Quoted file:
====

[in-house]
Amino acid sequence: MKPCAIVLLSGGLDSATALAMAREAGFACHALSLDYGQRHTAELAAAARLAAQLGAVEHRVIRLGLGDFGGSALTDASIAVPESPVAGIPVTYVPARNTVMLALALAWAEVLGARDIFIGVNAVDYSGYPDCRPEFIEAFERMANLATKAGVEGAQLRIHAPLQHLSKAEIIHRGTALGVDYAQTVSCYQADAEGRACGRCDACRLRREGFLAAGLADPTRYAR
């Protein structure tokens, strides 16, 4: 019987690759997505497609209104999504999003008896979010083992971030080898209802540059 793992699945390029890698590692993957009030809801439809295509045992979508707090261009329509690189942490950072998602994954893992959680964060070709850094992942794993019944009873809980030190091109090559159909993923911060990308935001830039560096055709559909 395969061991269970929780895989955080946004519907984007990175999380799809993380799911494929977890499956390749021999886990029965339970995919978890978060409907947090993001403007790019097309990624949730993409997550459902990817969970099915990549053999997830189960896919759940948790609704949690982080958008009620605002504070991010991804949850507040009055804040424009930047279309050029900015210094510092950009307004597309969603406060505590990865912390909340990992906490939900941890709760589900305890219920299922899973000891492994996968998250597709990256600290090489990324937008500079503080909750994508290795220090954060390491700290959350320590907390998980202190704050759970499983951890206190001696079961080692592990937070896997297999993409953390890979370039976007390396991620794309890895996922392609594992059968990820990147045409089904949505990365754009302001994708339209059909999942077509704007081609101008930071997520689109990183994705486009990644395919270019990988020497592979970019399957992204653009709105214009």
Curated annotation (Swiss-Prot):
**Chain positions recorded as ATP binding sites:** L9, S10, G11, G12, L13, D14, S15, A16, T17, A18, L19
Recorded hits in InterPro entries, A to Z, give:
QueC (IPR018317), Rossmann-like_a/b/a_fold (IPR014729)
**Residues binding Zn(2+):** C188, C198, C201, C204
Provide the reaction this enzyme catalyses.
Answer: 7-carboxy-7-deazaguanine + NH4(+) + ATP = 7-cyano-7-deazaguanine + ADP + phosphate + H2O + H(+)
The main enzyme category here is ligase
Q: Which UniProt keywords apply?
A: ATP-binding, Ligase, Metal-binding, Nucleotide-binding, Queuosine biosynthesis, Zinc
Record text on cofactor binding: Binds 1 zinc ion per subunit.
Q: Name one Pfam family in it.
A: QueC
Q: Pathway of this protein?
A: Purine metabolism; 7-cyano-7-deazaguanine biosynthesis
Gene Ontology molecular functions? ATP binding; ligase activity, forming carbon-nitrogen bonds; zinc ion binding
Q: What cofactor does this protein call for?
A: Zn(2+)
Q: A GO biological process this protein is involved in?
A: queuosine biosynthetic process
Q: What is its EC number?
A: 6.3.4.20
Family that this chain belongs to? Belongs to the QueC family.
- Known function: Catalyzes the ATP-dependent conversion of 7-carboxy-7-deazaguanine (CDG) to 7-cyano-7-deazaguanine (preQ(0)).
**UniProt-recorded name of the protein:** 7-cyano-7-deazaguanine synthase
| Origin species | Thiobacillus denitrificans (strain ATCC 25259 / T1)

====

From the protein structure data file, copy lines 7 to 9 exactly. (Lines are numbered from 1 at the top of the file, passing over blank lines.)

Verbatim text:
QueC (IPR018317), Rossmann-like_a/b/a_fold (IPR014729)
**Residues binding Zn(2+):** C188, C198, C201, C204
Provide the reaction this enzyme catalyses.